The International Journal of Advanced Manufacturing Technology

, Volume 64, Issue 1, pp 579–586

Continuous precipitation of ceria nanoparticles from a continuous flow micromixer

  • Chih Heng T. Tseng
  • Brian K. Paul
  • Chih-Hung Chang
  • Mark H. Engelhard
ORIGINAL ARTICLE

DOI: 10.1007/s00170-012-4428-1

Cite this article as:
Tseng, C.H.T., Paul, B.K., Chang, CH. et al. Int J Adv Manuf Technol (2013) 64: 579. doi:10.1007/s00170-012-4428-1

Abstract

Cerium oxide nanoparticles were continuously precipitated from a solution of cerium(III) nitrate and ammonium hydroxide using a static microchannel T-mixer. T-mixer synthesis results were compared with synthesis results from batch precipitation. Findings show that the method of mixing is important in the ceria precipitation process. Uniform porous film structures and nanorods were produced when the particle chemistry was synthesized using T-mixing followed by spin coating. Batch mixing, when using higher NH4OH feed concentrations followed by spin coating, was characterized by the heavy agglomeration of nanoparticles. Similar, high aspect ratio nanorods were produced when feed conditions in both batch mixing and T-mixing were identical demonstrating that the momentum effects of continuous microchannel T-mixing did not impact the synthesis process. In addition, it was found that the micromixing approach reduced the exposure of the Ce(OH)3 precipitates to oxygen, yielding hydroxide precipitates in place of CeO2 precipitates. The key advantage of the micro-scale T-mixing approach is higher throughput which is important for the scaling of ceria nanoparticle production.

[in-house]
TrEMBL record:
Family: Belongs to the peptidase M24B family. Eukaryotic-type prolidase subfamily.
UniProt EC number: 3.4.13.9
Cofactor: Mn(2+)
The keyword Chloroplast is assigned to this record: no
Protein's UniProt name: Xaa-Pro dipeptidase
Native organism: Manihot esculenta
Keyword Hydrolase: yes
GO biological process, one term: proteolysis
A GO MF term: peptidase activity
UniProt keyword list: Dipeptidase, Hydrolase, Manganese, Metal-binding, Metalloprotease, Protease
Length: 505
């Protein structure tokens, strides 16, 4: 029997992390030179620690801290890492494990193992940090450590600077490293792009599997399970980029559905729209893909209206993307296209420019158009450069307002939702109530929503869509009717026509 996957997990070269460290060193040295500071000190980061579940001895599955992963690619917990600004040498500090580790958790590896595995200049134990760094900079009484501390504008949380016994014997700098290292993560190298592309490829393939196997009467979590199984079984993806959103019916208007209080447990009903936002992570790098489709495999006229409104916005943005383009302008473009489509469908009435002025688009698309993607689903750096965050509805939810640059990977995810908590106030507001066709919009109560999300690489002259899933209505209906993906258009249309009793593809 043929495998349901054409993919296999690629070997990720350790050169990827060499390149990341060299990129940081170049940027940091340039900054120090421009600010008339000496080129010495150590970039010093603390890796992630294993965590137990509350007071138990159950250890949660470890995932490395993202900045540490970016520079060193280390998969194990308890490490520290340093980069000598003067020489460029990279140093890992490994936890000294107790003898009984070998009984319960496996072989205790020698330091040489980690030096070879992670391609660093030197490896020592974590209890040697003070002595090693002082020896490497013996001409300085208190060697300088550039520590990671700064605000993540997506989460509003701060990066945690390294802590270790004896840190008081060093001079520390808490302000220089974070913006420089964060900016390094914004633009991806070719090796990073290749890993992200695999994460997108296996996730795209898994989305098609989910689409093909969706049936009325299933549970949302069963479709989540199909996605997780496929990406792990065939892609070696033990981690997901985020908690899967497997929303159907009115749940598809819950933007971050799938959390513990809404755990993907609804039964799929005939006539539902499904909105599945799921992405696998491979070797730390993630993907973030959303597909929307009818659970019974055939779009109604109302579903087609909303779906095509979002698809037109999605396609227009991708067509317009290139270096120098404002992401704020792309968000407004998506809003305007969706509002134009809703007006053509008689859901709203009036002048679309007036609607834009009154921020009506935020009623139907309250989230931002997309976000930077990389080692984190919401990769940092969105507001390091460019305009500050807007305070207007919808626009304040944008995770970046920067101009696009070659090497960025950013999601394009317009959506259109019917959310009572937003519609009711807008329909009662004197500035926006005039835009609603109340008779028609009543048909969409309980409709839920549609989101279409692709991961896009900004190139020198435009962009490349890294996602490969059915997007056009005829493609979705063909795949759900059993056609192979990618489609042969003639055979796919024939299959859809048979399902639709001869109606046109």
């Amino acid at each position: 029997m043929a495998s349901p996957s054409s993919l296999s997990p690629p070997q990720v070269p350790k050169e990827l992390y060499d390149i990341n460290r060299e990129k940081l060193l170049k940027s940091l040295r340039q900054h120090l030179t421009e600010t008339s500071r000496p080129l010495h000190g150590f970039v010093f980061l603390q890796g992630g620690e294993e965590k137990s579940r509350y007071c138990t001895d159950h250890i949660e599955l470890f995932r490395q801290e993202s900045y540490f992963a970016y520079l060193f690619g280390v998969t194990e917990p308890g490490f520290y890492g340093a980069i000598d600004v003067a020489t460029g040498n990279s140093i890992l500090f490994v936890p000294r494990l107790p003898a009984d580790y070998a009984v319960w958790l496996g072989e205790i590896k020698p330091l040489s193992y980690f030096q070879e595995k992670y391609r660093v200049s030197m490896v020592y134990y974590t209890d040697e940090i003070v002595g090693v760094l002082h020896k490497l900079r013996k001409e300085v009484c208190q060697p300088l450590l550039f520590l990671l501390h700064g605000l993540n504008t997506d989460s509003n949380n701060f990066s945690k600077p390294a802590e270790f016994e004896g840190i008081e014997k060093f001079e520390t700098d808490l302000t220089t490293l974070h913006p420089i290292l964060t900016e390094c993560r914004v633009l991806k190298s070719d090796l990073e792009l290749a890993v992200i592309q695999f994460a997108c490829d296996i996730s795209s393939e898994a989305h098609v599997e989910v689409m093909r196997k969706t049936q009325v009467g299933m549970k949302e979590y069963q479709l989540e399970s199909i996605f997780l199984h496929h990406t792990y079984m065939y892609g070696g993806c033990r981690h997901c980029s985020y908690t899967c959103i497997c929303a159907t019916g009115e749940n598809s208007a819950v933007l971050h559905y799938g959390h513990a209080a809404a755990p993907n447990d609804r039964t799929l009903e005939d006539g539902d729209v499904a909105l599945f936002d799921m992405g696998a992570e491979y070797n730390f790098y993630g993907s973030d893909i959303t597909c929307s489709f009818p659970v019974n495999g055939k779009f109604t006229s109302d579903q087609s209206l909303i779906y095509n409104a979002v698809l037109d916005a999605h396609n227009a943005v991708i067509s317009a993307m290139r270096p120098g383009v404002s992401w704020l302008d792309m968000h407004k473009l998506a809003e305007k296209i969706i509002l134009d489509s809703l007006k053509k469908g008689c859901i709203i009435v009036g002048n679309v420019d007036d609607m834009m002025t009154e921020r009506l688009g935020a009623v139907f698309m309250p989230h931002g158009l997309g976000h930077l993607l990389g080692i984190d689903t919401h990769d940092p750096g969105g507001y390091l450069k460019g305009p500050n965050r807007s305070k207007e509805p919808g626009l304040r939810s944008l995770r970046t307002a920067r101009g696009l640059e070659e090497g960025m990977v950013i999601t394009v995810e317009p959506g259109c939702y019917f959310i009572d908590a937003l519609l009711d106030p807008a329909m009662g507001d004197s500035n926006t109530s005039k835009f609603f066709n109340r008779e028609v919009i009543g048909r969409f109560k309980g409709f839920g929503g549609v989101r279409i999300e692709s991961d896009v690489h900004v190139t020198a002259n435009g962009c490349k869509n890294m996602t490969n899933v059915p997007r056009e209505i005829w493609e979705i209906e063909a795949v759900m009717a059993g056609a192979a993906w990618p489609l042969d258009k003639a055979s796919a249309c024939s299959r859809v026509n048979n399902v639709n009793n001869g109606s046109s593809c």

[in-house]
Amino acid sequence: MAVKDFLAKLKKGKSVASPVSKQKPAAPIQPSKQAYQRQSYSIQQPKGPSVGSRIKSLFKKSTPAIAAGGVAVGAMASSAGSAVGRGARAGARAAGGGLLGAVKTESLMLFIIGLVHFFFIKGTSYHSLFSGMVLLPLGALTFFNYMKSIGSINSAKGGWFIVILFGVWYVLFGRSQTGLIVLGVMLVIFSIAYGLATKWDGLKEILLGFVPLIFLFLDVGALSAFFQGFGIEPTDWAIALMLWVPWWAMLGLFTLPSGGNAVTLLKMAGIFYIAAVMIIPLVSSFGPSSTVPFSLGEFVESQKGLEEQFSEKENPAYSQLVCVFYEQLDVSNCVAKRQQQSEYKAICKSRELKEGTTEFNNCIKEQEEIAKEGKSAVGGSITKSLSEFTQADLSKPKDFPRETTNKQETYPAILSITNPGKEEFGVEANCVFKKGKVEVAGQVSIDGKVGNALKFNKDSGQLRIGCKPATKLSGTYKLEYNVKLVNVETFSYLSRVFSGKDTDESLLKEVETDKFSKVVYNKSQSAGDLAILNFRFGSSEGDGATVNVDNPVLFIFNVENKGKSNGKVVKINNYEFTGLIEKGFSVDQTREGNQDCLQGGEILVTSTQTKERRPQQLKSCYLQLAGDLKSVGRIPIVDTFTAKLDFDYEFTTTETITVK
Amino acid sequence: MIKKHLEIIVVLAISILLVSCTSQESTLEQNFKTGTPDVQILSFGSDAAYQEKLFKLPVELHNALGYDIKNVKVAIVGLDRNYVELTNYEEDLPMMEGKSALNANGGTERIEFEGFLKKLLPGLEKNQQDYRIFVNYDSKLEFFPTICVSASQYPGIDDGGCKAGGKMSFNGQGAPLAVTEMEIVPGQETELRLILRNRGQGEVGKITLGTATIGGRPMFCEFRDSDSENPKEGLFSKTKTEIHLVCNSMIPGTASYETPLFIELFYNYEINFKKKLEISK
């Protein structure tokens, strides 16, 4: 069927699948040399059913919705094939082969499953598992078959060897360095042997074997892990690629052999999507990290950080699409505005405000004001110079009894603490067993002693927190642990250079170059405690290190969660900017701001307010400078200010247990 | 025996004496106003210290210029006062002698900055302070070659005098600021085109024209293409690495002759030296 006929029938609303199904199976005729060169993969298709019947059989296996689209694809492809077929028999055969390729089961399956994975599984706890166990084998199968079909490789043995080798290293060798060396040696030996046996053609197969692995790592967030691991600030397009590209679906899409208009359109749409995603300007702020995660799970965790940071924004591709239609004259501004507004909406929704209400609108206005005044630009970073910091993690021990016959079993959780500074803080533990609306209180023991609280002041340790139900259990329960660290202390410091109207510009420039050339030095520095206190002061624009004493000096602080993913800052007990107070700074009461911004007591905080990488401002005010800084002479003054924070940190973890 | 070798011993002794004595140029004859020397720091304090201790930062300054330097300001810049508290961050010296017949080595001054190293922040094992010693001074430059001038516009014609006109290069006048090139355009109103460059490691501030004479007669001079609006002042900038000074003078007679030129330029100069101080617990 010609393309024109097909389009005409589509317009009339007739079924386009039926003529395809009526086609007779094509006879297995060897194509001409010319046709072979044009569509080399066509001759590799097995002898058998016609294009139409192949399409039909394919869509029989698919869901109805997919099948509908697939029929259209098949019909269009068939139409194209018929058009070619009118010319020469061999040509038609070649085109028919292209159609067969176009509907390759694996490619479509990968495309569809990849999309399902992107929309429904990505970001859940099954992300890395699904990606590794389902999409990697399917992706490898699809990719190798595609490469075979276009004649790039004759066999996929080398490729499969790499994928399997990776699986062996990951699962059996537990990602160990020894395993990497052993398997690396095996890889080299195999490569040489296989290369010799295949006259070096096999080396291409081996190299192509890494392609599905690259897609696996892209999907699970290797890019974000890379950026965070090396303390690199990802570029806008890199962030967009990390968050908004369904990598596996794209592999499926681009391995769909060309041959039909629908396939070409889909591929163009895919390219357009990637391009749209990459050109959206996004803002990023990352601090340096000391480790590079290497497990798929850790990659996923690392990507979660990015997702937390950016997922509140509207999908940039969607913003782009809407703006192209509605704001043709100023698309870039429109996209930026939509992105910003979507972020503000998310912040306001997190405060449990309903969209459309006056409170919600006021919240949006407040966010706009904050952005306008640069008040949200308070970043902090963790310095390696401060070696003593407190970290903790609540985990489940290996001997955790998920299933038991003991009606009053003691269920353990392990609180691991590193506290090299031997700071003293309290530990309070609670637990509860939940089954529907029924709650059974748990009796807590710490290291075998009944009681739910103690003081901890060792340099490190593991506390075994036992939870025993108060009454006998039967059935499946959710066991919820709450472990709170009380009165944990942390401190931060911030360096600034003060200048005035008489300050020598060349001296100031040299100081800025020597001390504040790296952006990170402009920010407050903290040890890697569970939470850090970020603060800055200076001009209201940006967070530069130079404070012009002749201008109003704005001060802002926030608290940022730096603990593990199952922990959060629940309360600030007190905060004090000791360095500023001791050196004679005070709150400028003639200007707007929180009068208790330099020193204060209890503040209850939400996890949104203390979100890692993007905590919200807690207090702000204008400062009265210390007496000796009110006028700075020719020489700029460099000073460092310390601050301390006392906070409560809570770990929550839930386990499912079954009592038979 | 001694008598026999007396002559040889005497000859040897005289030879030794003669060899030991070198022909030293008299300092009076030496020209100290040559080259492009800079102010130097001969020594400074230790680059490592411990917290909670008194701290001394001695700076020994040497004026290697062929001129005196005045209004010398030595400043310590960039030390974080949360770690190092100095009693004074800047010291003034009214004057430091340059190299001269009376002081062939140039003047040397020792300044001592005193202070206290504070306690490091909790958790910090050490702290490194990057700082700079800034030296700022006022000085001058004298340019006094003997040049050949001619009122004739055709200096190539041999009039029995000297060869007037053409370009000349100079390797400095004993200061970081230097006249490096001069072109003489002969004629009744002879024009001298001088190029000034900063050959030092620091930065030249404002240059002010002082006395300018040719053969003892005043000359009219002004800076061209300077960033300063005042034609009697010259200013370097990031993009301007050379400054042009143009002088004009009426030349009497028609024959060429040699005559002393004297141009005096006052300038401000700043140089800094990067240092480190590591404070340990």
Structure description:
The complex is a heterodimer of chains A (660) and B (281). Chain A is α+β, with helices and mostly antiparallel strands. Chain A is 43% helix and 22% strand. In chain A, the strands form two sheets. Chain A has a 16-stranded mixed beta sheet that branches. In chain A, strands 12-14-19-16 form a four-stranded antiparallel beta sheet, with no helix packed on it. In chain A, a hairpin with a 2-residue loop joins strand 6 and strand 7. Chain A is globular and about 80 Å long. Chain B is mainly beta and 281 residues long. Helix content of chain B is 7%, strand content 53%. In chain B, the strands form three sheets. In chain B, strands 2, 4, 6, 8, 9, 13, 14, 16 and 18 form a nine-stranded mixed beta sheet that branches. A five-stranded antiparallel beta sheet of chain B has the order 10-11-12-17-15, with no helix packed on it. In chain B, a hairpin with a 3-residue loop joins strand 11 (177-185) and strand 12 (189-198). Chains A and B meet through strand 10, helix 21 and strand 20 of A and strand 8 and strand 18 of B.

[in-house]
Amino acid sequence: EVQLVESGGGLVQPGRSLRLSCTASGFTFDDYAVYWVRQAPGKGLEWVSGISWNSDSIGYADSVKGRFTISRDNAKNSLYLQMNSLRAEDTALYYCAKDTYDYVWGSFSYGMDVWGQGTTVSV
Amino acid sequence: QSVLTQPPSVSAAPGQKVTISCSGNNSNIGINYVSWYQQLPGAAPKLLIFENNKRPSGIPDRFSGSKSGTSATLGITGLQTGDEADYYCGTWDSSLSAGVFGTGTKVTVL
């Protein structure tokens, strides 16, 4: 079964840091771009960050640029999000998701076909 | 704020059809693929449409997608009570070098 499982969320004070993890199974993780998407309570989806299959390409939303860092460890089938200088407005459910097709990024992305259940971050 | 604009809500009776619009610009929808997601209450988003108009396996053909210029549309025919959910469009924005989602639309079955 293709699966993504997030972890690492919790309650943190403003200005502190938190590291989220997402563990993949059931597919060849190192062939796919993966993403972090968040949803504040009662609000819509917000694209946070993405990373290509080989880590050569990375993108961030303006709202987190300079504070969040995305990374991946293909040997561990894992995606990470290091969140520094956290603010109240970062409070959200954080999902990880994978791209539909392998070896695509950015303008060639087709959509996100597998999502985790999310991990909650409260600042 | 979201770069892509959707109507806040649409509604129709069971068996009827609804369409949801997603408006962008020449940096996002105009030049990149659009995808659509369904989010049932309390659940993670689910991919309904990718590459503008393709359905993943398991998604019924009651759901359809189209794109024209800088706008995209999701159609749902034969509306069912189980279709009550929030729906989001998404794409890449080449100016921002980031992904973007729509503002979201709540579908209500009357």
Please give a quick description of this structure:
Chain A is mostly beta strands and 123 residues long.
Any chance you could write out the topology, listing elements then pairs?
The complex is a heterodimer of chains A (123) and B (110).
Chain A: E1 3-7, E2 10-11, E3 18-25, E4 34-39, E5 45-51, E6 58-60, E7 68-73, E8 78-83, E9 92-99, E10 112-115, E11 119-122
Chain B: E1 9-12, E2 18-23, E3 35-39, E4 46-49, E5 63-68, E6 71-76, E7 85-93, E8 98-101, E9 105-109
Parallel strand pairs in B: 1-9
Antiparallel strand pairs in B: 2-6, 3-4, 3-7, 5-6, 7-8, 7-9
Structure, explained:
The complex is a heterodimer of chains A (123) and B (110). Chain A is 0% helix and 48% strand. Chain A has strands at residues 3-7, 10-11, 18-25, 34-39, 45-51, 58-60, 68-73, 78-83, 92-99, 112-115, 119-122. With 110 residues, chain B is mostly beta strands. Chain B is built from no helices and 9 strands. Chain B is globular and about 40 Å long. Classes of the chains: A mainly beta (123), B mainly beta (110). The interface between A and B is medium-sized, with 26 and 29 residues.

Keywords

Continuous flow synthesisCeriaNanoparticlesMicroreactorMicromixer

Copyright information

© Springer-Verlag London Limited 2012

Authors and Affiliations

  • Chih Heng T. Tseng
    • 1
  • Brian K. Paul
    • 1
  • Chih-Hung Chang
    • 2
  • Mark H. Engelhard
    • 3
  1. 1.School of Mechanical, Industrial, and Manufacturing EngineeringOregon State UniversityCorvallisUSA
  2. 2.School of Chemical, Biological, and Environmental EngineeringOregon State UniversityCorvallisUSA
  3. 3.Environmental Molecular Sciences LaboratoryPacific Northwest National LaboratoryRichlandUSA